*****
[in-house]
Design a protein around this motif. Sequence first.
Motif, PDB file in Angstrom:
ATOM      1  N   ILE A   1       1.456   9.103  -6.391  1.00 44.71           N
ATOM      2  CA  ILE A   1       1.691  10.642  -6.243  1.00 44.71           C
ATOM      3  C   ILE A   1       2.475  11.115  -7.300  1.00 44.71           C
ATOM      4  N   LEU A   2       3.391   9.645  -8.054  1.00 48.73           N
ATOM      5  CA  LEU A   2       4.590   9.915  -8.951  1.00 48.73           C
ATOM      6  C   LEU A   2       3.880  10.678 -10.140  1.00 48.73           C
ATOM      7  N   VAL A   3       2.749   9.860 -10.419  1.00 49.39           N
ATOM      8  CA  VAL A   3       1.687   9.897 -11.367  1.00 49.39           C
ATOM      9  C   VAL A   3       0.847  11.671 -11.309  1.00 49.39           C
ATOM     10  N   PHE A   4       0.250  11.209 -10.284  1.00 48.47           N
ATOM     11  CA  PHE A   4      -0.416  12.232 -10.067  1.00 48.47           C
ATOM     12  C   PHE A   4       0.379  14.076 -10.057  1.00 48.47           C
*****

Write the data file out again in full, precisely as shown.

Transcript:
[in-house]
Design a protein around this motif. Sequence first.
Motif, PDB file in Angstrom:
ATOM      1  N   ILE A   1       1.456   9.103  -6.391  1.00 44.71           N
ATOM      2  CA  ILE A   1       1.691  10.642  -6.243  1.00 44.71           C
ATOM      3  C   ILE A   1       2.475  11.115  -7.300  1.00 44.71           C
ATOM      4  N   LEU A   2       3.391   9.645  -8.054  1.00 48.73           N
ATOM      5  CA  LEU A   2       4.590   9.915  -8.951  1.00 48.73           C
ATOM      6  C   LEU A   2       3.880  10.678 -10.140  1.00 48.73           C
ATOM      7  N   VAL A   3       2.749   9.860 -10.419  1.00 49.39           N
ATOM      8  CA  VAL A   3       1.687   9.897 -11.367  1.00 49.39           C
ATOM      9  C   VAL A   3       0.847  11.671 -11.309  1.00 49.39           C
ATOM     10  N   PHE A   4       0.250  11.209 -10.284  1.00 48.47           N
ATOM     11  CA  PHE A   4      -0.416  12.232 -10.067  1.00 48.47           C
ATOM     12  C   PHE A   4       0.379  14.076 -10.057  1.00 48.47           C